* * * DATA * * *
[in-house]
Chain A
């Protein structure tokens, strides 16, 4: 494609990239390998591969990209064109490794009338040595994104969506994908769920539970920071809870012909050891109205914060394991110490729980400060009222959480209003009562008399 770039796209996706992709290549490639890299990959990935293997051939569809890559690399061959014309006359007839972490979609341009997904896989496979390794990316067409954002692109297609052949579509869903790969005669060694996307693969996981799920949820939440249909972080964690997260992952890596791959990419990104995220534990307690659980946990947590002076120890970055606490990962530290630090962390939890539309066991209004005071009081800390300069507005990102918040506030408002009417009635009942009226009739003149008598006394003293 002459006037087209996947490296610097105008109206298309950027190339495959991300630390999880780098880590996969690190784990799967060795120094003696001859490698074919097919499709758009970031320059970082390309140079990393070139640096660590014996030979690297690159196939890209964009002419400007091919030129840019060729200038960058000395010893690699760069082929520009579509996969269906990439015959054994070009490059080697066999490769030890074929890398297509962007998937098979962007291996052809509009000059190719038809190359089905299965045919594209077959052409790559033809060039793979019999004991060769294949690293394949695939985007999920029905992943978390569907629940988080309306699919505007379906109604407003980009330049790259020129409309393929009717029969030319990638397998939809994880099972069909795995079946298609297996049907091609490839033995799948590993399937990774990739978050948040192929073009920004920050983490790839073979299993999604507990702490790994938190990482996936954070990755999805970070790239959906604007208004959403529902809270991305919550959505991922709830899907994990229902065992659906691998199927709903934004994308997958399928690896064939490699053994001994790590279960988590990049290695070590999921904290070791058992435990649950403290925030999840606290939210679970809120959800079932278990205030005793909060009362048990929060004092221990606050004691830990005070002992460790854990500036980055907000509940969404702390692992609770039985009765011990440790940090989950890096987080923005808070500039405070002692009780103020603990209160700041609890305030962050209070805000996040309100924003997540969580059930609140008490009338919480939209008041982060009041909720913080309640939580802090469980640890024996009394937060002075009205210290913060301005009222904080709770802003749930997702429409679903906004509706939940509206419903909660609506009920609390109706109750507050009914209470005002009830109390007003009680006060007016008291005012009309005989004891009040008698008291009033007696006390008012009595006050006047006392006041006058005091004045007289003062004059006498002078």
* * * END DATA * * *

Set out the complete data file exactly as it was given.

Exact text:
[in-house]
Chain A
């Protein structure tokens, strides 16, 4: 494609990239390998591969990209064109490794009338040595994104969506994908769920539970920071809870012909050891109205914060394991110490729980400060009222959480209003009562008399 770039796209996706992709290549490639890299990959990935293997051939569809890559690399061959014309006359007839972490979609341009997904896989496979390794990316067409954002692109297609052949579509869903790969005669060694996307693969996981799920949820939440249909972080964690997260992952890596791959990419990104995220534990307690659980946990947590002076120890970055606490990962530290630090962390939890539309066991209004005071009081800390300069507005990102918040506030408002009417009635009942009226009739003149008598006394003293 002459006037087209996947490296610097105008109206298309950027190339495959991300630390999880780098880590996969690190784990799967060795120094003696001859490698074919097919499709758009970031320059970082390309140079990393070139640096660590014996030979690297690159196939890209964009002419400007091919030129840019060729200038960058000395010893690699760069082929520009579509996969269906990439015959054994070009490059080697066999490769030890074929890398297509962007998937098979962007291996052809509009000059190719038809190359089905299965045919594209077959052409790559033809060039793979019999004991060769294949690293394949695939985007999920029905992943978390569907629940988080309306699919505007379906109604407003980009330049790259020129409309393929009717029969030319990638397998939809994880099972069909795995079946298609297996049907091609490839033995799948590993399937990774990739978050948040192929073009920004920050983490790839073979299993999604507990702490790994938190990482996936954070990755999805970070790239959906604007208004959403529902809270991305919550959505991922709830899907994990229902065992659906691998199927709903934004994308997958399928690896064939490699053994001994790590279960988590990049290695070590999921904290070791058992435990649950403290925030999840606290939210679970809120959800079932278990205030005793909060009362048990929060004092221990606050004691830990005070002992460790854990500036980055907000509940969404702390692992609770039985009765011990440790940090989950890096987080923005808070500039405070002692009780103020603990209160700041609890305030962050209070805000996040309100924003997540969580059930609140008490009338919480939209008041982060009041909720913080309640939580802090469980640890024996009394937060002075009205210290913060301005009222904080709770802003749930997702429409679903906004509706939940509206419903909660609506009920609390109706109750507050009914209470005002009830109390007003009680006060007016008291005012009309005989004891009040008698008291009033007696006390008012009595006050006047006392006041006058005091004045007289003062004059006498002078």